Returning to work after rehab is a challenging and essential step in recovery, but it’s a step you can take one day at a time. After completing a drug or alcohol rehab program, you will want to get your life back on track and forge a new path by adopting new social habits to rebuild your life, continuing with your support programs, and returning to work.
You want to live a purposeful life and gain financial independence after rehab. However, circumstances are different for everyone. Finding meaningful employment may be challenging if you were unemployed when you entered treatment. If you are returning to a job, you may be worried about what to expect.
On the other hand, getting a new job can also be an uphill task, mainly because your resume will have a gap. It becomes even more difficult if your potential employer discovers you are a recovering addict. But all is not lost. Rest assured that getting a job after recovering from addiction is possible. Read on to find out how.
Finding Work After Rehab
According to research, getting employed after rehab can help you avoid substance abuse because the job will instill purpose and meaning into your life.
Notwithstanding, Massachusetts General Hospital’s Recovery Research Institute study found that about 9.2% of recovering addicts with substance use disorder (SUD) choose not to look for jobs.
The main reason is that they fear being stigmatized. Nonetheless, it pays off if you overlook the stigma and start rebuilding your life. Here are some tried-and-true strategies for resuming your career after rehab.
Use Your Network
When looking for a job, nothing stops you from talking to friends, relatives, and even former work colleagues. Furthermore, you can also use the network you created while at the rehabilitation center. Just be open and tell everyone that you are job-hunting.
For example, you can talk to your sponsors, doctors, therapists, counselors, and support group members. Just identify individuals who can help shape your future positively. Apart from informing you about job opportunities, these people can also offer references to potential employers. It’s good they’ll already know you’ve recovered from your addiction.
Use Assistance Programs
The best way to restart your career after rehab is to look for local and government agencies that aid recovering addicts in getting jobs. You may receive help with everything from job placement to your job search. Some agencies can even pay for transportation to a job interview and back. Better still, local and government agencies run educational and training programs for people recovering from alcohol and substance abuse.
Good examples are the services and programs the Department of Mental Health and Addiction in Connecticut offers. The department provides soft and employable skills courses and other resources related to employment opportunities for recovering alcohol and drug addicts.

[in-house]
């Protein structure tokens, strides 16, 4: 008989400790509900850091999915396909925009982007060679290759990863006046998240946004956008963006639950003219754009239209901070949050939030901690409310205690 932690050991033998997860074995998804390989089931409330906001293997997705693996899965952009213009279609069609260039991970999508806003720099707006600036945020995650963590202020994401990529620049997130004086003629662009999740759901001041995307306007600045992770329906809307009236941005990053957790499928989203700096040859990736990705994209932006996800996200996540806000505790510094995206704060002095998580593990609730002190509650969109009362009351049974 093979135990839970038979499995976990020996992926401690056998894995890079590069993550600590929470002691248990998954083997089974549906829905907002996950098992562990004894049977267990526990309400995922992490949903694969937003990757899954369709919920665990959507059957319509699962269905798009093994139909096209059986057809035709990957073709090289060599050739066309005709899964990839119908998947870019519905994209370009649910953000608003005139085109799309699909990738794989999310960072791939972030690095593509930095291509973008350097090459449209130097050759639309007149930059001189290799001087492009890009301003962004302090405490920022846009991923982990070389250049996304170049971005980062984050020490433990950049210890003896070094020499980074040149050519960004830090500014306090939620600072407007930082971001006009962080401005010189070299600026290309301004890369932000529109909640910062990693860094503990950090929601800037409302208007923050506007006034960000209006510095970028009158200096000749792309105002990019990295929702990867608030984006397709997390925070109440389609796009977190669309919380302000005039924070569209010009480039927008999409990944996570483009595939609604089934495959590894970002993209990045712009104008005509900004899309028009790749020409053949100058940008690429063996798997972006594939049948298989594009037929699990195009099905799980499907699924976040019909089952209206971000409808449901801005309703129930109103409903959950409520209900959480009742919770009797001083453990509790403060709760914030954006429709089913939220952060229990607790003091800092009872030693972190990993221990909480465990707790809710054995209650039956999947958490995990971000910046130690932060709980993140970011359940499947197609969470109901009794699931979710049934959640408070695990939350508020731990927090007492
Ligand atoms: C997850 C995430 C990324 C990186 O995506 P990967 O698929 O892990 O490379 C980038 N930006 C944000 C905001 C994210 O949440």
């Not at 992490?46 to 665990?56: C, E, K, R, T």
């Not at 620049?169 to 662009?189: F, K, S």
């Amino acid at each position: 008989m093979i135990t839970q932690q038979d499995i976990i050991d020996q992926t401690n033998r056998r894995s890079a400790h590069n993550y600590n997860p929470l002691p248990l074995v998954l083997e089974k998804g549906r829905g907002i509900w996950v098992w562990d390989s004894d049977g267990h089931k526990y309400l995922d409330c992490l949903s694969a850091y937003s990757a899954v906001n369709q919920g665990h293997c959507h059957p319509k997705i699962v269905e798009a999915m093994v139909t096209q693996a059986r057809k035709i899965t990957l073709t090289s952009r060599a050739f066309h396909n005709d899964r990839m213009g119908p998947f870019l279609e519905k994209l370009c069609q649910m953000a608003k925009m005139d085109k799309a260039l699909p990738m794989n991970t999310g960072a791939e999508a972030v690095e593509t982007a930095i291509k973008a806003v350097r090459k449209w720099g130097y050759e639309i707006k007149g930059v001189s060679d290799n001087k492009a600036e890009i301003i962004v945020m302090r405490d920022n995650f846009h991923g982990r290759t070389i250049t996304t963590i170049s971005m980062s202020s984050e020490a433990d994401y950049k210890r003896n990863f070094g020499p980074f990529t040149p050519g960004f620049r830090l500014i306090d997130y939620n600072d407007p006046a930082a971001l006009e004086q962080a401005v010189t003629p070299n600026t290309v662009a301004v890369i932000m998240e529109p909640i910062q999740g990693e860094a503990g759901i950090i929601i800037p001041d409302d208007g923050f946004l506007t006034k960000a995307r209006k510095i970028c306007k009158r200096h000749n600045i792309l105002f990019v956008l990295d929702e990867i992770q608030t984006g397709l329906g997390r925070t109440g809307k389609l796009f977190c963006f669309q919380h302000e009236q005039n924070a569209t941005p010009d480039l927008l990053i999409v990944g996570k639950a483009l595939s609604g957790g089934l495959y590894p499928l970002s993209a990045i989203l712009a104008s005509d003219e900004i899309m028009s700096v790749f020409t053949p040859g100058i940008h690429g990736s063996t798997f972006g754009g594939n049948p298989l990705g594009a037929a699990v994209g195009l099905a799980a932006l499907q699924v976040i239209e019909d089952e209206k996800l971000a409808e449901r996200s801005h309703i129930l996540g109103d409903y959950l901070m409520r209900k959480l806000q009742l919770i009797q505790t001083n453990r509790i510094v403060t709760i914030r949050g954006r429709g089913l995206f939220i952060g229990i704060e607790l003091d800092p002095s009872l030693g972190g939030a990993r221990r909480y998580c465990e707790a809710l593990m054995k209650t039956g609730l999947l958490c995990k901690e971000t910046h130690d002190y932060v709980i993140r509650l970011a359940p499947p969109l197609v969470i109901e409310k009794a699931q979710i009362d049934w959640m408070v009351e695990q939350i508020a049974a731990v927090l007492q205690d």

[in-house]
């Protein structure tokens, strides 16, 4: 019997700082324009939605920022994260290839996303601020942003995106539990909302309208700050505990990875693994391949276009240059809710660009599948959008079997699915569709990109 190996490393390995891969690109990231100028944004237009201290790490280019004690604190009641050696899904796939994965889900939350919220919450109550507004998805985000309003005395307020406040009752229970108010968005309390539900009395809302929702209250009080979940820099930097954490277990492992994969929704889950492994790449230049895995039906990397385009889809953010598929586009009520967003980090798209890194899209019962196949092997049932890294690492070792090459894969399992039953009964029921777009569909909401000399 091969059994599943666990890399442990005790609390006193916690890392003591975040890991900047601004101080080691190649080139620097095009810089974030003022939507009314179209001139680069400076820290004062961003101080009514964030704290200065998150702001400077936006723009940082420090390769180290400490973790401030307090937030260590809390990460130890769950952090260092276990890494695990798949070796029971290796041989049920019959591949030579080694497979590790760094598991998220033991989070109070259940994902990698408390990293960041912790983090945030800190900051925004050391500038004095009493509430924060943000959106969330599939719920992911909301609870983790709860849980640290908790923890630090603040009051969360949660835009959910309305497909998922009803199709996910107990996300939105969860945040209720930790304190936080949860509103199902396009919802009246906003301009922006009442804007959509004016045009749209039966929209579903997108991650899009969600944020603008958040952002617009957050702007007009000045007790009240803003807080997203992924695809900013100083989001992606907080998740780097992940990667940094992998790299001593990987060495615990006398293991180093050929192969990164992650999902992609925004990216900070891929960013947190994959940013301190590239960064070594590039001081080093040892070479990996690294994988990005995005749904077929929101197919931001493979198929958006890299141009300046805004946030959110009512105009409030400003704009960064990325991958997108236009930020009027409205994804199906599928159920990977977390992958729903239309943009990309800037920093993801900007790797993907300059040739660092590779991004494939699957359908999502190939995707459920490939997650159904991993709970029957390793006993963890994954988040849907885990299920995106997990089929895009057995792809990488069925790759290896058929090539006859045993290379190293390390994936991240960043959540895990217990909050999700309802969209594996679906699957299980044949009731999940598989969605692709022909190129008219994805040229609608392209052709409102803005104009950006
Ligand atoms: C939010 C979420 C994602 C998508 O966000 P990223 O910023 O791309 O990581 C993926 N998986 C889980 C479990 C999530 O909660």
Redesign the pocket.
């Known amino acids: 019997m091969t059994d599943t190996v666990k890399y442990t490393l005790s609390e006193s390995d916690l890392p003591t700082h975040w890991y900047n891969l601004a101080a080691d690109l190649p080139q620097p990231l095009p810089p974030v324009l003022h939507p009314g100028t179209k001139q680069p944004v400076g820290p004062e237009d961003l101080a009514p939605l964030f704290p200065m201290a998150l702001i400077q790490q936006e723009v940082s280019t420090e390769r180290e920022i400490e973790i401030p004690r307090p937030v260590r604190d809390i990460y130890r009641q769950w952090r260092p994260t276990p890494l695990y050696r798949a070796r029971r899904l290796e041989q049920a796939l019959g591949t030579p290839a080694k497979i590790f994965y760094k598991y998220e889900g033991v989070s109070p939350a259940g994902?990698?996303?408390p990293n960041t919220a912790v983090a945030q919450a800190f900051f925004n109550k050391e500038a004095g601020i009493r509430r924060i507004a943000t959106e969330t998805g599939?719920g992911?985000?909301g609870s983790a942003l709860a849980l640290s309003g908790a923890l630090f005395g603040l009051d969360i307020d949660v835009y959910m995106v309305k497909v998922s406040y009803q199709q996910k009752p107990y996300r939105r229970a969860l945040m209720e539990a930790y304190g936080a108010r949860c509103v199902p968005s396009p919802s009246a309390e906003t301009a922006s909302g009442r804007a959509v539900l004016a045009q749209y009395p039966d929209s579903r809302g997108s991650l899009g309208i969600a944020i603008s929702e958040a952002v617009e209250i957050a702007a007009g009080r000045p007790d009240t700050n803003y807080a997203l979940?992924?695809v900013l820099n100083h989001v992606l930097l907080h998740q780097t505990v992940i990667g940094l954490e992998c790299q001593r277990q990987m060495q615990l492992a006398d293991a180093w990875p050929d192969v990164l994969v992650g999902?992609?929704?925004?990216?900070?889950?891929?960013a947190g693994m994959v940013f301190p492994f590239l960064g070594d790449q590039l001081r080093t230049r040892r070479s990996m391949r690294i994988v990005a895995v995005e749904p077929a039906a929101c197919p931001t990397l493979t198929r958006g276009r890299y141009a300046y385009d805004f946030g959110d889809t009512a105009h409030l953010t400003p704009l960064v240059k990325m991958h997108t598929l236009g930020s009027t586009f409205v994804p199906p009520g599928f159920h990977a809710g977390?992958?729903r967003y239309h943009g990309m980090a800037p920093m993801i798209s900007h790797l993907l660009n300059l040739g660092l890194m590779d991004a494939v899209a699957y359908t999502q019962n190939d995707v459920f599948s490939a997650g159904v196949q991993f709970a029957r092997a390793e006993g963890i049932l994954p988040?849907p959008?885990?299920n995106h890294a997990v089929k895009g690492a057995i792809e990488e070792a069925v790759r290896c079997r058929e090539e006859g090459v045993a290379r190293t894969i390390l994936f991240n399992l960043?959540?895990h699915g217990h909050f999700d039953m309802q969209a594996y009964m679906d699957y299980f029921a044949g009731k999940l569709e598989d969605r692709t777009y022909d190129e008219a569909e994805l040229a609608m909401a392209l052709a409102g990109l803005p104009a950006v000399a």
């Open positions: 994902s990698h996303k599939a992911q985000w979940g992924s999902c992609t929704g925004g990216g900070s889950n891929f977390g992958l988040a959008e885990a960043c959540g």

You can check for similar or even better programs in your state. The advantage of such programs is that they are specifically tailored to serve the needs of recovering addicts. Besides, you won’t be alone. So, there’s no need to worry about stigmatization or discrimination.
Put Your Well-Being First
There is a famous quote in Alcoholics Anonymous: “Once an alcoholic, always an alcoholic.” Addiction is a chronic brain disease. It can be treated and managed but not cured. In simple terms, recovery is a lifelong process. Therefore, you must keep working on your recovery for the rest of your life by attending counseling sessions, therapy group meetings, and joining support organizations like Narcotics Anonymous and Alcoholics Anonymous.
Whatever type of job you are looking for, it should not take precedence over activities to maintain your sobriety. Prioritize the activities that contribute to your well-being. At best, you can look for a job that seamlessly fits your recovery program. If anything, there’s no need to look for a job, get it, start working, and then slip back to drug and alcohol use. Your job should also contribute to your recovery by keeping you busy and ensuring your financial freedom.
Knowing Your Legal Rights
As a recovering drug addict, most people may be reluctant to hire you. But according to the Americans with Disabilities Act (A.D.A.), no employer should discriminate against you because you are a recovering addict. Doing so is illegal. Furthermore, no one can discriminate against you simply because you’re enrolled in an addiction recovery program.
The internet has many resources to help you restart your career after rehab. These resources can also help you live a meaningful life. For example, Indeed also has a webpage where you can search for a job after rehab.
The advantage of using job boards for recovering addicts is that potential employers post those knowing fully well that they target people with drug-abuse histories. So, you’ll be the right candidate for the job — no stigmatization or discrimination. Other websites that can get help you include the National H.I.R.E. Network, The Salvation Army, The National Skills Coalition, and The Department of Labor’s One-Stop Career Center.
Choose Flexible Jobs
In early recovery, coping with a full-time job that requires a serious commitment may be tricky. Too many responsibilities can stress you out and lead to a relapse. Remember that too much pressure is a trigger to go back to your drug or alcohol use.
It’s better to start slowly and scale up as you continue with your recovery process. You can look for a job with light duties or a part-time job to allow you time to attend recovery group meetings and get used to working again. You could also work online for the time being to avoid interacting with your old drinking buddies.